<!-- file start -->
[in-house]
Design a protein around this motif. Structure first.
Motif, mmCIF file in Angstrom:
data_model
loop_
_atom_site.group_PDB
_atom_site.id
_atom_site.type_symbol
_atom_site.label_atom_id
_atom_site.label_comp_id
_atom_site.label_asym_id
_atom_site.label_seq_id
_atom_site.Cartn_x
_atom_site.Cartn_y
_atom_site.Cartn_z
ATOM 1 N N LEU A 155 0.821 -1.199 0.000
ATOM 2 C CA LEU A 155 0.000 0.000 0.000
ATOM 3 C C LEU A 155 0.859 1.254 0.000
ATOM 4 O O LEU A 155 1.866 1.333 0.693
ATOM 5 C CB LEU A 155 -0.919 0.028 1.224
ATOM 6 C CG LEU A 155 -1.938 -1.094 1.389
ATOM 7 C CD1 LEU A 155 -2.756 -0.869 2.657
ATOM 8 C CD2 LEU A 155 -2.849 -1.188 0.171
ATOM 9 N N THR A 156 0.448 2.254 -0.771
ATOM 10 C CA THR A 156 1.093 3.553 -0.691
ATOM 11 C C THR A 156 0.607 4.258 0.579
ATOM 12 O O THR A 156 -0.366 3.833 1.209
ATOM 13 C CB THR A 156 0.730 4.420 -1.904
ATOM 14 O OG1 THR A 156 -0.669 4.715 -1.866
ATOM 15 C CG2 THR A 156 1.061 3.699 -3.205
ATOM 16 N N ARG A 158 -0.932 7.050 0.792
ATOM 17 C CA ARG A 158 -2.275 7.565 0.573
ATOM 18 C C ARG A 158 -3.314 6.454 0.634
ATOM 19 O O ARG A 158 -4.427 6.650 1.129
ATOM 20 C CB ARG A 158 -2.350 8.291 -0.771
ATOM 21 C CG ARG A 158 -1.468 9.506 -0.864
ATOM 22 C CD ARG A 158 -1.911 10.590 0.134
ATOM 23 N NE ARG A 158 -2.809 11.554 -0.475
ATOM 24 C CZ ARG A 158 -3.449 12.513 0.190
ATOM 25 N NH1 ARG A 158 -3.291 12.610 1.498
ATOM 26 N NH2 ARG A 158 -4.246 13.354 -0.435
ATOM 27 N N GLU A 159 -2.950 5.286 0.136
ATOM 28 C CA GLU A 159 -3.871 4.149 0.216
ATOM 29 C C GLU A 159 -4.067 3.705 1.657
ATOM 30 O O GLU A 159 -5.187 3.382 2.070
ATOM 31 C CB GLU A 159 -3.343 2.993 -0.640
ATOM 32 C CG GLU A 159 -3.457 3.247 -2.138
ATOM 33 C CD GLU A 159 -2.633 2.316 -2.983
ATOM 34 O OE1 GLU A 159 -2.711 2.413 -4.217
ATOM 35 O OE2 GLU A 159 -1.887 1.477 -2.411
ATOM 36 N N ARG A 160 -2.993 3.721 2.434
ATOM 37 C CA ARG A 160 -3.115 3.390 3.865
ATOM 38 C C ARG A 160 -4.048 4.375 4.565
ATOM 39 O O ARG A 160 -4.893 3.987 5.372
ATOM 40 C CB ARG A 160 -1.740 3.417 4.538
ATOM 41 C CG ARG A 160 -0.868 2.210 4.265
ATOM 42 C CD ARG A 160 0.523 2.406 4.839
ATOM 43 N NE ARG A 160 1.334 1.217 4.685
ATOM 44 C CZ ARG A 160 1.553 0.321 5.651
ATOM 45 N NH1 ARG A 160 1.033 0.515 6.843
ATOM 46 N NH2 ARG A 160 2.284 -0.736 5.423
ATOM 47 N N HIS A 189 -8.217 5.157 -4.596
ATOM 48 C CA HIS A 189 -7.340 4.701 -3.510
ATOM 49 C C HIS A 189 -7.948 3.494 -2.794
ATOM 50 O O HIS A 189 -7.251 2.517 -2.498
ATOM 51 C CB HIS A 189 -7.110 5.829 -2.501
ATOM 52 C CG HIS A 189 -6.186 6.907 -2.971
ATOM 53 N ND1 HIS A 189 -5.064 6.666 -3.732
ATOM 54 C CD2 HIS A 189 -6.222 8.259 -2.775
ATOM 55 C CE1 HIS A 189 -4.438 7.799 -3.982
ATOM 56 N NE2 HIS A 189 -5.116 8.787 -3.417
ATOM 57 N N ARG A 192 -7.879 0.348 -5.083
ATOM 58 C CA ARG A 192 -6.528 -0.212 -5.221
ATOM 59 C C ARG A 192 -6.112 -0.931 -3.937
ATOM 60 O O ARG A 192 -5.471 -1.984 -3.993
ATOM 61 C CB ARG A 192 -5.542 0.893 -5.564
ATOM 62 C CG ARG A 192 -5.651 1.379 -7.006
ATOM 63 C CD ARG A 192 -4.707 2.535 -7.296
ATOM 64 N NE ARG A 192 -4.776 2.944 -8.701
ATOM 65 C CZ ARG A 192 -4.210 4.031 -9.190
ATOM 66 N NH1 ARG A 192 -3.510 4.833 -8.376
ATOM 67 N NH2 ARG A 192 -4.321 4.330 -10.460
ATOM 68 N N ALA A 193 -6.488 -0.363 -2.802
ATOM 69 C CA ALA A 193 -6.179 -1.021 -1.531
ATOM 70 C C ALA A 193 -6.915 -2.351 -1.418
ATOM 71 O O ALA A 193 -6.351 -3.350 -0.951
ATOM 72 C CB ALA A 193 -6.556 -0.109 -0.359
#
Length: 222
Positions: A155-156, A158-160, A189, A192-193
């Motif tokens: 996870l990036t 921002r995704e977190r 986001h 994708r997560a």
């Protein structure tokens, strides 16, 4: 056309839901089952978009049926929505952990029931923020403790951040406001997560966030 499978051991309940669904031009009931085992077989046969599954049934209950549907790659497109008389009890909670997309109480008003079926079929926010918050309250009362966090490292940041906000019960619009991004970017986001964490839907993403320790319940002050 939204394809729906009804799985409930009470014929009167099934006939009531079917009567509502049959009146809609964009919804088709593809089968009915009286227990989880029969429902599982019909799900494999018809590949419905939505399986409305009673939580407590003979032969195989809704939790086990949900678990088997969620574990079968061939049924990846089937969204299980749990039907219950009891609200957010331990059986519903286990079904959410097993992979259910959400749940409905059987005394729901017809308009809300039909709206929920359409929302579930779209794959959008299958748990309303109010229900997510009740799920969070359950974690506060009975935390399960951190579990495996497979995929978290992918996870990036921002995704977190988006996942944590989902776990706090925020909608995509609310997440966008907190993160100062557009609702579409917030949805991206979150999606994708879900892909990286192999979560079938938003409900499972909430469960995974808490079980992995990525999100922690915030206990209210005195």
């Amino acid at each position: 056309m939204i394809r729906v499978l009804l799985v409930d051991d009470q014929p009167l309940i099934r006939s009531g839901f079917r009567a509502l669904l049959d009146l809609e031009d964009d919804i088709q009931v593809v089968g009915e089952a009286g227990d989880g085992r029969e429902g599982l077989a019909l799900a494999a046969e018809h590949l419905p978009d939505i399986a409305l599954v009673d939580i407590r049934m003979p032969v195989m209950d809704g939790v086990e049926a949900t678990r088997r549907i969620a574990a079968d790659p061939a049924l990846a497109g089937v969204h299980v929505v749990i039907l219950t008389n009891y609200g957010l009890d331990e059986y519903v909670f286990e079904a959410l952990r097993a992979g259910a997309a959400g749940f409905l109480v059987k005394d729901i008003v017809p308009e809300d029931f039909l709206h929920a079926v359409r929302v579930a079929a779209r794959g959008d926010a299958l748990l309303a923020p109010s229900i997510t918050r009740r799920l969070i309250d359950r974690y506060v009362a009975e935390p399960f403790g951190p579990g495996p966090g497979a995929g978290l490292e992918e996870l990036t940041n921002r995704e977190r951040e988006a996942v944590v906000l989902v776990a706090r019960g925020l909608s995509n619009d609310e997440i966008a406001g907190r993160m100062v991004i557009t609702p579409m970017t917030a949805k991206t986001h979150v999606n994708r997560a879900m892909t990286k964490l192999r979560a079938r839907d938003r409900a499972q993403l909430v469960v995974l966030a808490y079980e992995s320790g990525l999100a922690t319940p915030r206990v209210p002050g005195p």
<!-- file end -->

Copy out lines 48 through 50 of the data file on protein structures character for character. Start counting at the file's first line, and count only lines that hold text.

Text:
ATOM 33 C CD GLU A 159 -2.633 2.316 -2.983
ATOM 34 O OE1 GLU A 159 -2.711 2.413 -4.217
ATOM 35 O OE2 GLU A 159 -1.887 1.477 -2.411